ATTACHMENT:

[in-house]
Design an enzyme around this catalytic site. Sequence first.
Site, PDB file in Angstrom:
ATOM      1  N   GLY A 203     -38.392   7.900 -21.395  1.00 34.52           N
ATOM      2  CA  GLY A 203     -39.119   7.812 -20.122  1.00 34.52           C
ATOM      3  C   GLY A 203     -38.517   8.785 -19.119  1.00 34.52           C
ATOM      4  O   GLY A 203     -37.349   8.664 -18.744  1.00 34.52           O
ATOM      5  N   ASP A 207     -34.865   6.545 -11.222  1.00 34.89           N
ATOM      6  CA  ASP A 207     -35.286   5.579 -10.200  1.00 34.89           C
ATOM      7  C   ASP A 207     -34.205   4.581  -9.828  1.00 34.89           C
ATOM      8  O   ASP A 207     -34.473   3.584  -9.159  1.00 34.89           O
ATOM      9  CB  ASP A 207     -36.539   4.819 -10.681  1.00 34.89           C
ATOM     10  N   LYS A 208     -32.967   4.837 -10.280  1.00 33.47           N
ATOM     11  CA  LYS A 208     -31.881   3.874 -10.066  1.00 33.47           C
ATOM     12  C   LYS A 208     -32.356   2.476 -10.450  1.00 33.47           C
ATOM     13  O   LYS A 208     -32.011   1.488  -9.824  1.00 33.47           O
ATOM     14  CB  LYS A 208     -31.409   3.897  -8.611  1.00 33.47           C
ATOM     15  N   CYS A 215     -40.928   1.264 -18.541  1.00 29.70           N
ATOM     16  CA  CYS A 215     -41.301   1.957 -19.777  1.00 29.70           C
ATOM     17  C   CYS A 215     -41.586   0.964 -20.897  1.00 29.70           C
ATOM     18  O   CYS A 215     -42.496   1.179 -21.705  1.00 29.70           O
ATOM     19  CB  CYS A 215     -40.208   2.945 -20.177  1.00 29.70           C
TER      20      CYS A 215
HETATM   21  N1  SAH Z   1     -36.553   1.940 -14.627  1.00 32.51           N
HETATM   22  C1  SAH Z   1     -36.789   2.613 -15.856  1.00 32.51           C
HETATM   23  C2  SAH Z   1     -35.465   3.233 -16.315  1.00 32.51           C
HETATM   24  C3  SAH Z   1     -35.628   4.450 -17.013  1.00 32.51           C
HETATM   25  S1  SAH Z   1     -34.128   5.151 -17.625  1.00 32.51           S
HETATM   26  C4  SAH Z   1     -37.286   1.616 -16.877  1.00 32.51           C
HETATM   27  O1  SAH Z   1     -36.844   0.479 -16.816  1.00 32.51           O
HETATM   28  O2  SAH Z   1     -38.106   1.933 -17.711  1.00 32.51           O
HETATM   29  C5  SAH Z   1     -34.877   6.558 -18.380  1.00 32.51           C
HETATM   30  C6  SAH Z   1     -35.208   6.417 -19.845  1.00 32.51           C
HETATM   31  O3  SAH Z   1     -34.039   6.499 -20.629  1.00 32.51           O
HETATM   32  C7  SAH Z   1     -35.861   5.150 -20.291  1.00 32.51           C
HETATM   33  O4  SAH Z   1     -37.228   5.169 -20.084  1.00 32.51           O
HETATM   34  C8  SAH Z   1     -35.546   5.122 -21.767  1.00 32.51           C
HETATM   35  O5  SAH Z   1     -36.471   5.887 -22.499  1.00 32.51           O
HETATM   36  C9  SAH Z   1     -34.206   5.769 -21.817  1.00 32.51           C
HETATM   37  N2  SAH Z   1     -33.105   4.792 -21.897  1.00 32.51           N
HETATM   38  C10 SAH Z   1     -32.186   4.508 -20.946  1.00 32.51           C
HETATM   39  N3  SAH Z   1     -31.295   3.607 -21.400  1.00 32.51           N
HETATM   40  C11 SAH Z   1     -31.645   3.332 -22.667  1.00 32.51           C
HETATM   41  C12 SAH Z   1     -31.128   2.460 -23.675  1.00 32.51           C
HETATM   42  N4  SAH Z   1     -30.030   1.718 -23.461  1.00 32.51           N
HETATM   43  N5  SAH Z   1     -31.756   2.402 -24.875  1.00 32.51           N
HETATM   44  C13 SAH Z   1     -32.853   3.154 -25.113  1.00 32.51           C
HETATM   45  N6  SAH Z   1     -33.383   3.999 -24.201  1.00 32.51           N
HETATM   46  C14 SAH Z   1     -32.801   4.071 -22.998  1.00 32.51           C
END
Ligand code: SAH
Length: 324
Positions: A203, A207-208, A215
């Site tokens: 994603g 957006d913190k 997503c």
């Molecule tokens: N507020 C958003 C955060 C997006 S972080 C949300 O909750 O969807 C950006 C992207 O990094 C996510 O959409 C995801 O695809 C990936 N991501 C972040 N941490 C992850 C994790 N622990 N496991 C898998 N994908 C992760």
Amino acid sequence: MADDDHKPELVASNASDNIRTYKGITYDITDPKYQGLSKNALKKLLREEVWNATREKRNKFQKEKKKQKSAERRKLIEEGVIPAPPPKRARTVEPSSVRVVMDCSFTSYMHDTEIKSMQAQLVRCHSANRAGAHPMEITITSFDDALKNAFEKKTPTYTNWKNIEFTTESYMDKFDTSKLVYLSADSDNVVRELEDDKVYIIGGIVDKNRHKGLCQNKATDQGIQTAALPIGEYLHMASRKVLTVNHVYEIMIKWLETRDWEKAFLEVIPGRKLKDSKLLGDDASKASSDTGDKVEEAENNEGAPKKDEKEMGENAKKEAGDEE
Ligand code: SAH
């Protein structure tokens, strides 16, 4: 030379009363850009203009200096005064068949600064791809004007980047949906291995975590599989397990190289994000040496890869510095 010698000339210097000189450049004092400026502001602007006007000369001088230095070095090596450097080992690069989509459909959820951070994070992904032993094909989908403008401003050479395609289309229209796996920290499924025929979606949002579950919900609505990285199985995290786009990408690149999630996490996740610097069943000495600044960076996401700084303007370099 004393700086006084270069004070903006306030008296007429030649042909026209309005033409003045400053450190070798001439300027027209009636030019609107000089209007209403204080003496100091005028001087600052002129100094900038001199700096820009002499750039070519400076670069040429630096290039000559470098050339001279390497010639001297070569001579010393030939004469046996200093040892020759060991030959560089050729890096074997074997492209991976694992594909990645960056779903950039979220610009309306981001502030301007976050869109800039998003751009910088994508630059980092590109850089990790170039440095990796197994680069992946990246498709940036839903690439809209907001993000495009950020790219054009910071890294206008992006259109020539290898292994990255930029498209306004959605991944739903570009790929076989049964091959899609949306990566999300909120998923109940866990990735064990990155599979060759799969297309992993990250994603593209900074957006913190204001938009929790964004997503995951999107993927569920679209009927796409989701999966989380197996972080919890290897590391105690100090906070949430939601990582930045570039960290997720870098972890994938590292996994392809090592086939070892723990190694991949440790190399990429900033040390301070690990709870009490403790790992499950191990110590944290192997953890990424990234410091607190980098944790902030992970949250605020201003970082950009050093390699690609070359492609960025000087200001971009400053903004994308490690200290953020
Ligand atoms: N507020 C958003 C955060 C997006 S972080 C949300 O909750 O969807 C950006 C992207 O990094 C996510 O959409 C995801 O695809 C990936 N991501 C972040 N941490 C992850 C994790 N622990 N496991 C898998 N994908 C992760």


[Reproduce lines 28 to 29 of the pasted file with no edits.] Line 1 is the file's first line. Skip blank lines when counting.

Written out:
HETATM   25  S1  SAH Z   1     -34.128   5.151 -17.625  1.00 32.51           S
HETATM   26  C4  SAH Z   1     -37.286   1.616 -16.877  1.00 32.51           C